Monday, July 15, 2013

Gotta Dance!

"Footloose" -- Ivoryton Playhouse -- Thru July 28

                                                    The cast of "Footloose"

Some musicals translate well from the screen to the stage and some don’t, and vice versa. “Rent” soared on Broadway and bombed in the multiplexes; “Mamma Mia” and “Hairspray” were hits in both mediums, and then there’s “Footloose,” the 1984 film starring Kevin Bacon that reappeared as a musical on Broadway in 1998 to mixed reviews. This surface treatment of teenage angst and small-town repression is now on the boards at the Ivorytown Playhouse and though it pleases on several levels the material itself limits the degree to which the audience can be drawn into the story.

For those who are separated by more than six degrees from Kevin Bacon, “Footloose” deals with a teenage boy, Ren McCormack (Cody Ryan) who, after his father abandons him and his mother, Ethel (Elise Arsenault), is forced to move to a Midwestern town called Bomont where, five years ago, because of a tragic car accident, the town council, at the urgings of Rev. Shaw Moore (Edward Juvier), passed numerous ordinances including one disallowing any dancing within the city limits. Ren, however, is something of a dancing fool, and soon he and the good Reverend come into conflict. Rev. Shaw also has other problems – his righteousness has alienated him from both his wife, Vi (Traci Blair) and his teenage daughter, Ariel (Zoe Kassay), who, in full rebellion, is dating Chuck Cranston (Michael Wright), one of the town’s low-lives. Thus the stage is set for a lot of parent-child confrontations, pious pronouncements and pompous sermonizing that eventually lead to reconciliation, remorse and redemption.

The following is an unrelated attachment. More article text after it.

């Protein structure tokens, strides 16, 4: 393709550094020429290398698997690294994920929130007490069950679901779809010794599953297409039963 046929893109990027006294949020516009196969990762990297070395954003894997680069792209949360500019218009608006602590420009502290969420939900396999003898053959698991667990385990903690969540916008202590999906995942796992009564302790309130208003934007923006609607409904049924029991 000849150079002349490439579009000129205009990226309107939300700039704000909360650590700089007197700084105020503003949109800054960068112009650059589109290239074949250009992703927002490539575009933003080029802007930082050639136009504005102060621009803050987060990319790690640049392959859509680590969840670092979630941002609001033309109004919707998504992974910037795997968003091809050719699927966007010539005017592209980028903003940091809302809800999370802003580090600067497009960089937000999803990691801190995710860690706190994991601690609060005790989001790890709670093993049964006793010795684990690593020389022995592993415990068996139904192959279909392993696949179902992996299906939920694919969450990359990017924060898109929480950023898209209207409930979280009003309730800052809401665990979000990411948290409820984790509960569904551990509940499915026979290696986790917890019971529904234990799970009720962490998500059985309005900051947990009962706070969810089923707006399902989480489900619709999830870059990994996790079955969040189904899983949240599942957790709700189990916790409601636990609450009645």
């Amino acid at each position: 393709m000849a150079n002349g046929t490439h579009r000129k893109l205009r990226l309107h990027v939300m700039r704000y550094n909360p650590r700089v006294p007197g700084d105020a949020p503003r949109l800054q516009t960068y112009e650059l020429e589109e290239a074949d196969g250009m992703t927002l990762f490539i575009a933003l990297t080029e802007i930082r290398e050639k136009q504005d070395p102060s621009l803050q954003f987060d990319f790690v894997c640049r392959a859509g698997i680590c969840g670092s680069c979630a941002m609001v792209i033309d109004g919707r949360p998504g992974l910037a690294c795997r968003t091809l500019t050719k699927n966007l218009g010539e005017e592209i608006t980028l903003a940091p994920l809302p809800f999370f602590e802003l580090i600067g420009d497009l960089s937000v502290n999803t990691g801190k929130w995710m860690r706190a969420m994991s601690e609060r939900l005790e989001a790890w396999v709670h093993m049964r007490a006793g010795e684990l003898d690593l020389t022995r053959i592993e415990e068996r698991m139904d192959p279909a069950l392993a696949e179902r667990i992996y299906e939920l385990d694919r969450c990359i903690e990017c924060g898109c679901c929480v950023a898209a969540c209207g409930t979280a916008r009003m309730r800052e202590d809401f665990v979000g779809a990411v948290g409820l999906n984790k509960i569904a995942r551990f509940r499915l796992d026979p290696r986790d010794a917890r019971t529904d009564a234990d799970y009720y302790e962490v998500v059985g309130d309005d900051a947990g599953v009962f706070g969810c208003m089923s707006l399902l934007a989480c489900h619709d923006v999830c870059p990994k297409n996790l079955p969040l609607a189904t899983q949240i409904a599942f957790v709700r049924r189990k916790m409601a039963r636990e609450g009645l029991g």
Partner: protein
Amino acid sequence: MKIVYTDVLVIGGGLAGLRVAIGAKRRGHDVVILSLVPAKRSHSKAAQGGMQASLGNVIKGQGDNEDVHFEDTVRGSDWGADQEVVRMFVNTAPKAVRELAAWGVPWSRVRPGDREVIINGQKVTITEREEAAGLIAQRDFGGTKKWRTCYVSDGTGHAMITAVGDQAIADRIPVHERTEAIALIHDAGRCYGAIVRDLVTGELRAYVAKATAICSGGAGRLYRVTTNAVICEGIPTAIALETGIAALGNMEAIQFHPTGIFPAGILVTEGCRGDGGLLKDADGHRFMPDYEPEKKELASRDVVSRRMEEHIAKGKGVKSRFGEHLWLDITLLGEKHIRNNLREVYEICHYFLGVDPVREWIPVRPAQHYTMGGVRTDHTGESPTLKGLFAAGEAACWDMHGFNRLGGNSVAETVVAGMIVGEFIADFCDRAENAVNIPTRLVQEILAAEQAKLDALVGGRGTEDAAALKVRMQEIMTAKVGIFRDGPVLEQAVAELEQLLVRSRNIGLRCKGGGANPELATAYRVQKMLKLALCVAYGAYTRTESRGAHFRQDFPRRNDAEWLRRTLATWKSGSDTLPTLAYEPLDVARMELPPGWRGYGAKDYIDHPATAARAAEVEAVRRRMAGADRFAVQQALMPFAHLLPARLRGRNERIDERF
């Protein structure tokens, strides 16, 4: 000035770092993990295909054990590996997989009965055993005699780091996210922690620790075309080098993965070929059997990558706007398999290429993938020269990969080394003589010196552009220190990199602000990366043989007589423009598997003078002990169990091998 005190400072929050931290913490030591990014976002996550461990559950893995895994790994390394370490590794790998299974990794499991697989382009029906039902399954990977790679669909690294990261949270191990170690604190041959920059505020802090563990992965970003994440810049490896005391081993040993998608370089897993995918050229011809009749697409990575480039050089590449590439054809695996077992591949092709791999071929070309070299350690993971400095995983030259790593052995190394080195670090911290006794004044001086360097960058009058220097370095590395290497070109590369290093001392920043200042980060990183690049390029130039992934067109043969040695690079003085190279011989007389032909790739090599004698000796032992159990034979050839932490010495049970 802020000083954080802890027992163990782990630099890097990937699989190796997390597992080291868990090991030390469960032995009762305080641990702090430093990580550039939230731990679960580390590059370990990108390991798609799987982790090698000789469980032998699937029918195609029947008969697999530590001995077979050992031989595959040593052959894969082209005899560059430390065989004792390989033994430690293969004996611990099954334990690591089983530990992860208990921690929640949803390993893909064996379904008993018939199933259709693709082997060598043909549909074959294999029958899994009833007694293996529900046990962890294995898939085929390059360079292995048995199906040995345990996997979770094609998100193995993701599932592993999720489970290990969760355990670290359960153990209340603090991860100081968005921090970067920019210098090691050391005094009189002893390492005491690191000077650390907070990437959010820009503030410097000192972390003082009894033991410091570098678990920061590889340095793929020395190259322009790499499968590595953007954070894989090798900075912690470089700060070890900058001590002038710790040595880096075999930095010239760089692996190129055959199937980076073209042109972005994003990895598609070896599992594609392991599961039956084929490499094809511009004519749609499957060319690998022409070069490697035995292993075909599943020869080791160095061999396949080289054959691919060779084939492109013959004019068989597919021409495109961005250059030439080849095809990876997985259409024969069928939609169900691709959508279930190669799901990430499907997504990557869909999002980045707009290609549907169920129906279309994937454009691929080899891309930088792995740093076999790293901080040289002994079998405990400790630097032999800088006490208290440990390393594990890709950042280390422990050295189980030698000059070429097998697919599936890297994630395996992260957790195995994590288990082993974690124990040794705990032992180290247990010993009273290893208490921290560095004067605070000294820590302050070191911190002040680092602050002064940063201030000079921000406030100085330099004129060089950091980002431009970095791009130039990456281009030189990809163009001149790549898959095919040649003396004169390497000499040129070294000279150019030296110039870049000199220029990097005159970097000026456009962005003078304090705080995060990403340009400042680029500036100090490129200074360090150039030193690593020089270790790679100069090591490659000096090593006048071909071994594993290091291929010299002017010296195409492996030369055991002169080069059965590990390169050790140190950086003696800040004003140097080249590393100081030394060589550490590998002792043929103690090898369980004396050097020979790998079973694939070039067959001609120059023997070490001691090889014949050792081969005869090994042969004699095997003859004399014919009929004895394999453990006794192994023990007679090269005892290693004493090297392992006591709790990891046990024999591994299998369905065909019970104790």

Oddly enough, in a show whose focus is the sturm und drang of teenagedom, it’s the adults who come off the best, for under Richard Amelius’s direction (he also choreographed the show) we have two approaches to acting: the adults, by and large, play it straight, and are effective, while the younger members of the cast are allowed to swing for the stands, and, save for Patrick H. Dunn as Willard Hewitt, hit few home runs.

It’s billed as a rock-and-roll musical, but it’s the more quiet numbers that work the best, especially “Learning to be Silent,” sung by the two mothers, Ethel and Vi, and Vi’s “Can You Find It in Your Heart,” and although Juvier lays it on a bit thick in his opening sermon as he demonizes rock-and-roll, he settles nicely into his role and, at the end of the show gives a moving performance with “I Confess.”

But it’s the kids, gull-dang-it, who present problems (ain’t that just like kids?). By and large, they are just too conscious of having to act like rebellious teenagers to be believable as rebellious teenagers. The lead in this area is Wright, who seems to be channeling Snidely Whiplash as he sneers and takes just a bit too much delight in being nasty.  Admittedly, there’s a lot of energy up there on the stage but it often seems just a bit uncoordinated. However, when it does come together, as in “Holding Out for a Hero, “Let’s Hear it for the Boy” and “Mama Says” toes start to tap and heads nod with the beat.

All in all, “Footloose” is a pleasant enough way to spend a summer afternoon or evening. You won’t come away overwhelmed, but there will be one or more tunes that you’ll find yourself humming the next day.

“Footloose” runs through July 28. For tickets or more information call 860-767-7318 or go to

No comments:

Post a Comment